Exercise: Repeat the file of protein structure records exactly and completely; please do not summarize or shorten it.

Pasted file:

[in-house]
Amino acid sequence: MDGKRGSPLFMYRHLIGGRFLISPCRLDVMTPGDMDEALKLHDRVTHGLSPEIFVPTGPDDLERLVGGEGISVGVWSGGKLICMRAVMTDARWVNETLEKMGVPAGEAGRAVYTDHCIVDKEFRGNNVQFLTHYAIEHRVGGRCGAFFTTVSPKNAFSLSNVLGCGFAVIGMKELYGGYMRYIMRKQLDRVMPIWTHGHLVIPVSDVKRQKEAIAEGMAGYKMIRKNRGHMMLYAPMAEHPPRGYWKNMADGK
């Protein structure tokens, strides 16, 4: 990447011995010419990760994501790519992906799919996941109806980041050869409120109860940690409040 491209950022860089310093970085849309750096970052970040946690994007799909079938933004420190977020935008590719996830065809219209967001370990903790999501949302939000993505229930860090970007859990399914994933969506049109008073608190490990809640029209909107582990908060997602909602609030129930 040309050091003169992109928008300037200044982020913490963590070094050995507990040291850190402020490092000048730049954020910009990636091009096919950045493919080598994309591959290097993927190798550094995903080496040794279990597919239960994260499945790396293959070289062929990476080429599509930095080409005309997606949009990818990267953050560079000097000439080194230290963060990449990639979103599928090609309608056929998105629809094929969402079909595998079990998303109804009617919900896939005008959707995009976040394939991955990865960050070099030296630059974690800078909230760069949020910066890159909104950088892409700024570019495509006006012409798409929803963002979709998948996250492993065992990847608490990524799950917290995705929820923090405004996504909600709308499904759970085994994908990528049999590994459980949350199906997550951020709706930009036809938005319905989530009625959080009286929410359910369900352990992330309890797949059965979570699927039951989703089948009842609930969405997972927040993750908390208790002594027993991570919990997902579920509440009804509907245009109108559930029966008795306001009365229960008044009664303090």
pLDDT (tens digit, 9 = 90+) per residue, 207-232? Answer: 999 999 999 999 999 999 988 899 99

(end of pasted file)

[in-house]
Amino acid sequence: MDGKRGSPLFMYRHLIGGRFLISPCRLDVMTPGDMDEALKLHDRVTHGLSPEIFVPTGPDDLERLVGGEGISVGVWSGGKLICMRAVMTDARWVNETLEKMGVPAGEAGRAVYTDHCIVDKEFRGNNVQFLTHYAIEHRVGGRCGAFFTTVSPKNAFSLSNVLGCGFAVIGMKELYGGYMRYIMRKQLDRVMPIWTHGHLVIPVSDVKRQKEAIAEGMAGYKMIRKNRGHMMLYAPMAEHPPRGYWKNMADGK
């Protein structure tokens, strides 16, 4: 990447011995010419990760994501790519992906799919996941109806980041050869409120109860940690409040 491209950022860089310093970085849309750096970052970040946690994007799909079938933004420190977020935008590719996830065809219209967001370990903790999501949302939000993505229930860090970007859990399914994933969506049109008073608190490990809640029209909107582990908060997602909602609030129930 040309050091003169992109928008300037200044982020913490963590070094050995507990040291850190402020490092000048730049954020910009990636091009096919950045493919080598994309591959290097993927190798550094995903080496040794279990597919239960994260499945790396293959070289062929990476080429599509930095080409005309997606949009990818990267953050560079000097000439080194230290963060990449990639979103599928090609309608056929998105629809094929969402079909595998079990998303109804009617919900896939005008959707995009976040394939991955990865960050070099030296630059974690800078909230760069949020910066890159909104950088892409700024570019495509006006012409798409929803963002979709998948996250492993065992990847608490990524799950917290995705929820923090405004996504909600709308499904759970085994994908990528049999590994459980949350199906997550951020709706930009036809938005319905989530009625959080009286929410359910369900352990992330309890797949059965979570699927039951989703089948009842609930969405997972927040993750908390208790002594027993991570919990997902579920509440009804509907245009109108559930029966008795306001009365229960008044009664303090």
pLDDT (tens digit, 9 = 90+) per residue, 207-232? Answer: 999 999 999 999 999 999 988 899 99